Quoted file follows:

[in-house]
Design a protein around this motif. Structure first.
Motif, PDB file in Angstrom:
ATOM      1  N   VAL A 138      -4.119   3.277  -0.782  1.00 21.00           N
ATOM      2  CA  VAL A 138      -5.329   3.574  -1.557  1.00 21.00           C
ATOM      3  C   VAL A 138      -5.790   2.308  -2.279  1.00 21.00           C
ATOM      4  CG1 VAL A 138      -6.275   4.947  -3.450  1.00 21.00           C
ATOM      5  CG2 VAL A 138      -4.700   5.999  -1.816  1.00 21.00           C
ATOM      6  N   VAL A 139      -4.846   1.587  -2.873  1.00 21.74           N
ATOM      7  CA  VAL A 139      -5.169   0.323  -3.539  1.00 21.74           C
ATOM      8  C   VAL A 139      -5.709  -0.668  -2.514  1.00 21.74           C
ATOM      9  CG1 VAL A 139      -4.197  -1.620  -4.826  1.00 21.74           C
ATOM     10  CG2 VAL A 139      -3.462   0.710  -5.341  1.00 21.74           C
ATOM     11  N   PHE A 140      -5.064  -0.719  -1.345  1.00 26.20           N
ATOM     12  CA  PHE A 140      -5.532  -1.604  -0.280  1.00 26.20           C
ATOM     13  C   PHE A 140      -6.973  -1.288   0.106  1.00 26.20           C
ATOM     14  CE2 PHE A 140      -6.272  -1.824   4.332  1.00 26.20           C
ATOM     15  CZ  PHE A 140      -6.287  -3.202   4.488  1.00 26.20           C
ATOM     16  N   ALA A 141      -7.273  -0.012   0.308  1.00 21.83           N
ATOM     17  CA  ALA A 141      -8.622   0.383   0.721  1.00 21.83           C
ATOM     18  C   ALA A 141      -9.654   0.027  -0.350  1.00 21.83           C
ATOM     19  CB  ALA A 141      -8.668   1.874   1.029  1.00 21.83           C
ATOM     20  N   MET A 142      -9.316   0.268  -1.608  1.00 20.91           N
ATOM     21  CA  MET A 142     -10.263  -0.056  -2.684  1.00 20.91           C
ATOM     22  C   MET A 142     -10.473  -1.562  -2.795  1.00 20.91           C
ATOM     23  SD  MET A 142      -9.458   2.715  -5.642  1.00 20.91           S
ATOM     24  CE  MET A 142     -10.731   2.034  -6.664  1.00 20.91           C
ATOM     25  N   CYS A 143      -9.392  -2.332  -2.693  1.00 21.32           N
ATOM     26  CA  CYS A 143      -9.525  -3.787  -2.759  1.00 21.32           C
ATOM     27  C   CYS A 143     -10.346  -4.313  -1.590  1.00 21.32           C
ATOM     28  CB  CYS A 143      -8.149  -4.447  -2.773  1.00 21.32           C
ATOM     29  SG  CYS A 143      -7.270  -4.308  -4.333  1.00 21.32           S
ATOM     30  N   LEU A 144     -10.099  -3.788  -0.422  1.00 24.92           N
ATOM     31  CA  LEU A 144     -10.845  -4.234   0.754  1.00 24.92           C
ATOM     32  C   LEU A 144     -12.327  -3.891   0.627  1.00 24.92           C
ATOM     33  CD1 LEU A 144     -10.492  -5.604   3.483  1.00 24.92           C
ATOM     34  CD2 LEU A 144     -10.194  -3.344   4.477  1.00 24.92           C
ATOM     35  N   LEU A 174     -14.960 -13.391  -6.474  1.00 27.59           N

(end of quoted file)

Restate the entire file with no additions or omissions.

[in-house]
Design a protein around this motif. Structure first.
Motif, PDB file in Angstrom:
ATOM      1  N   VAL A 138      -4.119   3.277  -0.782  1.00 21.00           N
ATOM      2  CA  VAL A 138      -5.329   3.574  -1.557  1.00 21.00           C
ATOM      3  C   VAL A 138      -5.790   2.308  -2.279  1.00 21.00           C
ATOM      4  CG1 VAL A 138      -6.275   4.947  -3.450  1.00 21.00           C
ATOM      5  CG2 VAL A 138      -4.700   5.999  -1.816  1.00 21.00           C
ATOM      6  N   VAL A 139      -4.846   1.587  -2.873  1.00 21.74           N
ATOM      7  CA  VAL A 139      -5.169   0.323  -3.539  1.00 21.74           C
ATOM      8  C   VAL A 139      -5.709  -0.668  -2.514  1.00 21.74           C
ATOM      9  CG1 VAL A 139      -4.197  -1.620  -4.826  1.00 21.74           C
ATOM     10  CG2 VAL A 139      -3.462   0.710  -5.341  1.00 21.74           C
ATOM     11  N   PHE A 140      -5.064  -0.719  -1.345  1.00 26.20           N
ATOM     12  CA  PHE A 140      -5.532  -1.604  -0.280  1.00 26.20           C
ATOM     13  C   PHE A 140      -6.973  -1.288   0.106  1.00 26.20           C
ATOM     14  CE2 PHE A 140      -6.272  -1.824   4.332  1.00 26.20           C
ATOM     15  CZ  PHE A 140      -6.287  -3.202   4.488  1.00 26.20           C
ATOM     16  N   ALA A 141      -7.273  -0.012   0.308  1.00 21.83           N
ATOM     17  CA  ALA A 141      -8.622   0.383   0.721  1.00 21.83           C
ATOM     18  C   ALA A 141      -9.654   0.027  -0.350  1.00 21.83           C
ATOM     19  CB  ALA A 141      -8.668   1.874   1.029  1.00 21.83           C
ATOM     20  N   MET A 142      -9.316   0.268  -1.608  1.00 20.91           N
ATOM     21  CA  MET A 142     -10.263  -0.056  -2.684  1.00 20.91           C
ATOM     22  C   MET A 142     -10.473  -1.562  -2.795  1.00 20.91           C
ATOM     23  SD  MET A 142      -9.458   2.715  -5.642  1.00 20.91           S
ATOM     24  CE  MET A 142     -10.731   2.034  -6.664  1.00 20.91           C
ATOM     25  N   CYS A 143      -9.392  -2.332  -2.693  1.00 21.32           N
ATOM     26  CA  CYS A 143      -9.525  -3.787  -2.759  1.00 21.32           C
ATOM     27  C   CYS A 143     -10.346  -4.313  -1.590  1.00 21.32           C
ATOM     28  CB  CYS A 143      -8.149  -4.447  -2.773  1.00 21.32           C
ATOM     29  SG  CYS A 143      -7.270  -4.308  -4.333  1.00 21.32           S
ATOM     30  N   LEU A 144     -10.099  -3.788  -0.422  1.00 24.92           N
ATOM     31  CA  LEU A 144     -10.845  -4.234   0.754  1.00 24.92           C
ATOM     32  C   LEU A 144     -12.327  -3.891   0.627  1.00 24.92           C
ATOM     33  CD1 LEU A 144     -10.492  -5.604   3.483  1.00 24.92           C
ATOM     34  CD2 LEU A 144     -10.194  -3.344   4.477  1.00 24.92           C
ATOM     35  N   LEU A 174     -14.960 -13.391  -6.474  1.00 27.59           N